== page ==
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United States v. Echeverry

United States Court of Appeals, Ninth Circuit
Jan 31, 1983
719 F.2d 974 (9th Cir. 1983)

Summary

concluding that potential for such confusion exists when the jury presents questions indicating their confusion concerning multiple conspiracies

Summary of this case from U.S. v. Jimenez Recio

Opinion

No. 81-1630.

Argued and Submitted September 8, 1982.

Decided January 31, 1983. Order October 4, 1983.

Daniel H. Smith, Seattle, Wash., for defendant-appellant.

David Marshal, Asst. U.S. Atty., Seattle, Wash., for plaintiff-appellee.

Appeal from the United States District Court for the Western District of Washington.

Before BROWNING, Chief Judge, TUTTLE and REINHARDT, Circuit Judges.

Honorable Elbert Parr Tuttle, Senior Judge, United States Court of Appeals for the Eleventh Circuit, sitting by designation.


The opinion, 698 F.2d 375, is modified by adding the following paragraphs:

The trial judge did give to the jury a single general instruction that their verdict had to be unanimous. This court has held that in a routine case when a jury is presented with multiple counts or schemes, it may be possible to protect the defendant's right to an unanimous jury verdict by such a general instruction. See United States v. Ferris, 719 F.2d 1405 (9th Cir. 1983) (a general unanimity instruction suffices when a case involving multiple acts within one count of an indictment is sufficiently clear in its presentation so that unanimity can be presumed); United States v. Friedman, 445 F.2d 1076 (9th Cir. 1971) (the jury must be presumed to have followed the unanimity instruction and all agreed to at least one of several possible conspiracies even though no specific instruction was given to that effect); Vitello v. United States, 425 F.2d 416 (9th Cir. 1970). See also United States v. Natelli, 527 F.2d 311 (2d Cir. 1975).

When it appears, however, that there is a genuine possibility of jury confusion or that a conviction may occur as the result of different jurors concluding that the defendant committed different acts, the general unanimity instruction does not suffice. To correct any potential confusion in such a case, the trial judge must augment the general instruction to ensure the jury understands its duty to unanimously agree to a particular set of facts. Such circumstances are certainly present in this case. The jury's written questions indicated their confusion concerning multiple conspiracies and should have alerted the trial judge to the potential for a nonunanimous verdict. See United States v. Mastelotto, 717 F.2d 1238 (9th Cir. 1983) (variance between the proof at trial and the indictment in a case involving multiple schemes to defraud presents such a potential for juror confusion that special unanimity instructions are required).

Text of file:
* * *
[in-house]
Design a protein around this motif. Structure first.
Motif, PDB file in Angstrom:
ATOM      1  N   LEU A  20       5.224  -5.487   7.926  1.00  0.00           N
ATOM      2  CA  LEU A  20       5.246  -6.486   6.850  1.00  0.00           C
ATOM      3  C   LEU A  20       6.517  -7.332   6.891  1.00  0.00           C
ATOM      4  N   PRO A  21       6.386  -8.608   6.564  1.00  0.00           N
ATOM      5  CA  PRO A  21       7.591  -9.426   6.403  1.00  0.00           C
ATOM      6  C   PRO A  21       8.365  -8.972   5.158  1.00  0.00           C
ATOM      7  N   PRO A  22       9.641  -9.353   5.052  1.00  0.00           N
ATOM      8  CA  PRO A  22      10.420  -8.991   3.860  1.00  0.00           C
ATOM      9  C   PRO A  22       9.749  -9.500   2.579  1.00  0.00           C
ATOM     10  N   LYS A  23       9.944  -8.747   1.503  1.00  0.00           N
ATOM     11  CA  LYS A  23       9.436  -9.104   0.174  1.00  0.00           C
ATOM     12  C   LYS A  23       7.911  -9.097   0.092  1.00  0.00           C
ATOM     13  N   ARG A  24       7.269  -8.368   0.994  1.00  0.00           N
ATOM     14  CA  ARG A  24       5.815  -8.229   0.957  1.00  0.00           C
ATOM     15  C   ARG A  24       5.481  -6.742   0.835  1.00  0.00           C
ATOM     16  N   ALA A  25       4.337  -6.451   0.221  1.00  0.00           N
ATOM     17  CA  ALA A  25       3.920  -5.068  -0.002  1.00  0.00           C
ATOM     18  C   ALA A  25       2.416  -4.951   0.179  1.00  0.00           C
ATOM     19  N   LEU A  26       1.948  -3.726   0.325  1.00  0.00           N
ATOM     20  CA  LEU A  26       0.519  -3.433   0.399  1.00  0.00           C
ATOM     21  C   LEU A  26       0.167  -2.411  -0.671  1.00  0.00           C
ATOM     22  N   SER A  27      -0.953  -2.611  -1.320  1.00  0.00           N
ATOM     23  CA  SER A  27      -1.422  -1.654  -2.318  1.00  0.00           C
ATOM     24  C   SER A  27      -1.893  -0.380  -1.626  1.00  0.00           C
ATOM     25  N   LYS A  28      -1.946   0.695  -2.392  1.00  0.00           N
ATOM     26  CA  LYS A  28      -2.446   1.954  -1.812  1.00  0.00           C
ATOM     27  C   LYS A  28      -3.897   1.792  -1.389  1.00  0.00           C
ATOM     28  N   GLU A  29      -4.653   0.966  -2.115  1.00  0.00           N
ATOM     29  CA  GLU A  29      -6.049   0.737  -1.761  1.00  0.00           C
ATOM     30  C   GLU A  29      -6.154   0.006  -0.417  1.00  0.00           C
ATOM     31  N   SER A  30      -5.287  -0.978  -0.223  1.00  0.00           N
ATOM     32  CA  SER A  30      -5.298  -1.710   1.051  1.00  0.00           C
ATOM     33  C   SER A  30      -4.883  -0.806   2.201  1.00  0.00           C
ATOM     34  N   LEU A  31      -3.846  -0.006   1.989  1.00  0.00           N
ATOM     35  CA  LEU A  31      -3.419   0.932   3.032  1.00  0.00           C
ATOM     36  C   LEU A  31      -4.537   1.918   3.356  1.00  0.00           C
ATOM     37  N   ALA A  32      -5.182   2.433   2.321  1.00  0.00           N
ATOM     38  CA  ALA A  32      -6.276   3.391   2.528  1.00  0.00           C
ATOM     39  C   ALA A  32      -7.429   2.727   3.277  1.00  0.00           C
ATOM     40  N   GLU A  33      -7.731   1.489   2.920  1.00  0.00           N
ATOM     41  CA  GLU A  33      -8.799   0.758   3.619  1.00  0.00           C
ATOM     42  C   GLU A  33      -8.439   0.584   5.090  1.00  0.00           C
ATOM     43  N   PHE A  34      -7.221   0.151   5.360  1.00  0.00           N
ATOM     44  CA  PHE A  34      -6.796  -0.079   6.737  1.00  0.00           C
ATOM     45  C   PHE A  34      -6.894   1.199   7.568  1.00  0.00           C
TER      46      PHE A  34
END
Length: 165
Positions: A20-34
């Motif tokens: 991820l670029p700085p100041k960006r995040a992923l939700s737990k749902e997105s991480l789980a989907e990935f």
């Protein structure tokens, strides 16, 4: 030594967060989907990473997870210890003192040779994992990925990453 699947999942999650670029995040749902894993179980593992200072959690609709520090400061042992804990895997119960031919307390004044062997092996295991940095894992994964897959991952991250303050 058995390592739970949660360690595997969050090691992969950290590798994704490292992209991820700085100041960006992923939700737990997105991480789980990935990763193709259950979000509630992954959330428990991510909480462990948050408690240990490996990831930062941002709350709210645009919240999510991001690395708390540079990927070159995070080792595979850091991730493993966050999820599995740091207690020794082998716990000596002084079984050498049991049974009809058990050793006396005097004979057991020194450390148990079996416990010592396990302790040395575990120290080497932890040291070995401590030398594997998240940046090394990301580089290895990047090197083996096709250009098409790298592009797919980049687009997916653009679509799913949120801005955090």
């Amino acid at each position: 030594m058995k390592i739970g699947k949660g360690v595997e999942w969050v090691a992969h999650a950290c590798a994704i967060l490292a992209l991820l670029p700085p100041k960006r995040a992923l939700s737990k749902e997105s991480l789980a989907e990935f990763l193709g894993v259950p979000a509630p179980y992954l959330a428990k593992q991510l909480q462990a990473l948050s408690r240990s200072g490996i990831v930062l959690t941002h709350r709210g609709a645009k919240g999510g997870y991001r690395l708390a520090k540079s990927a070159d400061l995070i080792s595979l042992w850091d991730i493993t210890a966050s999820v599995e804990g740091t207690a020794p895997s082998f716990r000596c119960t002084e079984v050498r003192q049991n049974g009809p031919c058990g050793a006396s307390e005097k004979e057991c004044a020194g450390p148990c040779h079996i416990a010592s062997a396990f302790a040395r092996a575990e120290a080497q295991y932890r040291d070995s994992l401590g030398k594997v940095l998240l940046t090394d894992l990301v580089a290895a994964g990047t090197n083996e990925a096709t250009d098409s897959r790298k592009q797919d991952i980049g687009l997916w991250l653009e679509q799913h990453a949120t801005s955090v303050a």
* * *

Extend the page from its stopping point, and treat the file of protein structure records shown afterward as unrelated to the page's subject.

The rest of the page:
The Petition for rehearing is denied.


Summaries of

United States v. Echeverry

United States Court of Appeals, Ninth Circuit
Jan 31, 1983
719 F.2d 974 (9th Cir. 1983)

concluding that potential for such confusion exists when the jury presents questions indicating their confusion concerning multiple conspiracies

Summary of this case from U.S. v. Jimenez Recio

concluding that potential for such confusion exists when the jury presents questions indicating their confusion concerning multiple conspiracies

Summary of this case from U.S. v. Recio

concluding that potential for such confusion exists when the jury presents questions indicating their confusion concerning multiple conspiracies

Summary of this case from Villa v. Mitchell

reversing the defendant's conviction where jurors were instructed they could convict if they found the existence of a conspiracy for "some period of time" within the six months covered in the indictment, because different jurors may have concluded that the defendant committed different acts

Summary of this case from U.S. v. Johal

discussing importance of specific unanimity instruction to avoid jury confusion

Summary of this case from U.S. v. Garcia-Rivera

modifying 698 F.2d 375 (9th Cir. 1983)

Summary of this case from U.S. v. North

In Echeverry, the court held that the trial court must augment the general unanimity instruction "[w]hen it appears... that there is a genuine possibility of jury confusion or that a conviction may occur as the result of different jurors concluding that the defendant committed different acts."

Summary of this case from Walker v. Neven

In Echeverry, the defendant was charged with conspiring to distribute cocaine throughout a seven-month period, from December 1980 to June 1981, and actual distribution of cocaine on three separate occasions.

Summary of this case from Walker v. Neven
Case details for

United States v. Echeverry

Case Details

Full title:UNITED STATES OF AMERICA, PLAINTIFF-APPELLEE, v. CLARET ECHEVERRY…

Court:United States Court of Appeals, Ninth Circuit

Date published: Jan 31, 1983

Citations

719 F.2d 974 (9th Cir. 1983)

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